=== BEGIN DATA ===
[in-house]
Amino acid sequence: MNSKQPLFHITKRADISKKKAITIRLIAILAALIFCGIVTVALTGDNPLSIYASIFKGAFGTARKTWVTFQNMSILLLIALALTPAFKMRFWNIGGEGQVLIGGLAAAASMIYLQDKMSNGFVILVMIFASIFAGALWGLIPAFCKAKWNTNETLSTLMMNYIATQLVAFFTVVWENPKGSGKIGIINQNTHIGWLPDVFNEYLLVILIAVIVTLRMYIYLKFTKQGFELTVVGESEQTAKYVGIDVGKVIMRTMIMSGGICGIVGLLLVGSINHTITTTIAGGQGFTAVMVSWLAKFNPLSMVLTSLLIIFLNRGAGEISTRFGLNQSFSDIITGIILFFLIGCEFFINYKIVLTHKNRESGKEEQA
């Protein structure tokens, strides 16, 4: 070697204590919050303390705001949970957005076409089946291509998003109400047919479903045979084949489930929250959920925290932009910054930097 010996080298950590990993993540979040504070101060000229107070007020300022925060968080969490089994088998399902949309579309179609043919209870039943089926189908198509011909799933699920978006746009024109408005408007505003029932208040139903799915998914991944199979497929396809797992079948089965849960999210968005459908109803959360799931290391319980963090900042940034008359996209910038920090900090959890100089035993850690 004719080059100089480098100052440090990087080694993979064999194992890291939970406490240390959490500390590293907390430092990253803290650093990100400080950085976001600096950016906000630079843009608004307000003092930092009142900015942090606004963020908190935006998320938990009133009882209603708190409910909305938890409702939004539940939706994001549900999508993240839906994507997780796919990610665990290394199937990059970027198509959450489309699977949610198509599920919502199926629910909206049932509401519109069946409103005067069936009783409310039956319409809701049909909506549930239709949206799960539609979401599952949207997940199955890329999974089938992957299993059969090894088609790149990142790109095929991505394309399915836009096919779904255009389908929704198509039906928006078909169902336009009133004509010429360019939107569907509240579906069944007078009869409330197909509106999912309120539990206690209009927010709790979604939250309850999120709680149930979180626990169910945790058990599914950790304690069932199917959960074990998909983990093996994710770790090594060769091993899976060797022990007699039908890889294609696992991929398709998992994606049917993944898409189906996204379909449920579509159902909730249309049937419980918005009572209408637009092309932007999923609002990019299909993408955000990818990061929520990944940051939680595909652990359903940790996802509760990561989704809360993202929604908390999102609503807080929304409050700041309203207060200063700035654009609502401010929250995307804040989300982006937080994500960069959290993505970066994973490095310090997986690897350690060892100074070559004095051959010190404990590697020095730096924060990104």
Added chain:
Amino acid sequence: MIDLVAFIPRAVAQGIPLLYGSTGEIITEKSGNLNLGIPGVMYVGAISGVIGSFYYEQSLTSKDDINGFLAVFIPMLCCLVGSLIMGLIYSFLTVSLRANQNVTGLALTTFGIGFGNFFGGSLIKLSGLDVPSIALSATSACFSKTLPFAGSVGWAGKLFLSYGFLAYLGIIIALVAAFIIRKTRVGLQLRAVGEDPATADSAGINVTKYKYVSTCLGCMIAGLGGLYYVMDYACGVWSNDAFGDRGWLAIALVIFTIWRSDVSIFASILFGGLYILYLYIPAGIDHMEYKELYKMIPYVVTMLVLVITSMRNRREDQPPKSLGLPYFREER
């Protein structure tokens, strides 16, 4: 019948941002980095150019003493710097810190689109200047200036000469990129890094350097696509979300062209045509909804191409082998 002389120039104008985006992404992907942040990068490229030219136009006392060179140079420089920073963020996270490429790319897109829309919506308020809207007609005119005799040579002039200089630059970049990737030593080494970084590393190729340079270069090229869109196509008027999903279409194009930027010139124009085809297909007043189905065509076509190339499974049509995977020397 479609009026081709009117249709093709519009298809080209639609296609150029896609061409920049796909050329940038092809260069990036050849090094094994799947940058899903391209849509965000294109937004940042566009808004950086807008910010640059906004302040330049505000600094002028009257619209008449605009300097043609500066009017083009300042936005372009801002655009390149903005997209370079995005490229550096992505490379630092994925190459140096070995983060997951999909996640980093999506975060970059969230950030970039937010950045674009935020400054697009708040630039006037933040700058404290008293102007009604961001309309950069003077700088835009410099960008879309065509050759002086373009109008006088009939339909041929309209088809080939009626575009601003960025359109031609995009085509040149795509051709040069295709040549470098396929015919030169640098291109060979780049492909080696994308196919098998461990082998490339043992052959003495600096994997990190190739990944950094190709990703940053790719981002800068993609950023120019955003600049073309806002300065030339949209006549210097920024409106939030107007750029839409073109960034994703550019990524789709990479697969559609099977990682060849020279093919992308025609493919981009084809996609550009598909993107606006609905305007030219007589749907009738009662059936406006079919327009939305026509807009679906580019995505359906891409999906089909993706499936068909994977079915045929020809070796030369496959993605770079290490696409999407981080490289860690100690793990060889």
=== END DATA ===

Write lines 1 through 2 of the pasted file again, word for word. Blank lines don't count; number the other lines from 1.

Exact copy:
[in-house]
Amino acid sequence: MNSKQPLFHITKRADISKKKAITIRLIAILAALIFCGIVTVALTGDNPLSIYASIFKGAFGTARKTWVTFQNMSILLLIALALTPAFKMRFWNIGGEGQVLIGGLAAAASMIYLQDKMSNGFVILVMIFASIFAGALWGLIPAFCKAKWNTNETLSTLMMNYIATQLVAFFTVVWENPKGSGKIGIINQNTHIGWLPDVFNEYLLVILIAVIVTLRMYIYLKFTKQGFELTVVGESEQTAKYVGIDVGKVIMRTMIMSGGICGIVGLLLVGSINHTITTTIAGGQGFTAVMVSWLAKFNPLSMVLTSLLIIFLNRGAGEISTRFGLNQSFSDIITGIILFFLIGCEFFINYKIVLTHKNRESGKEEQA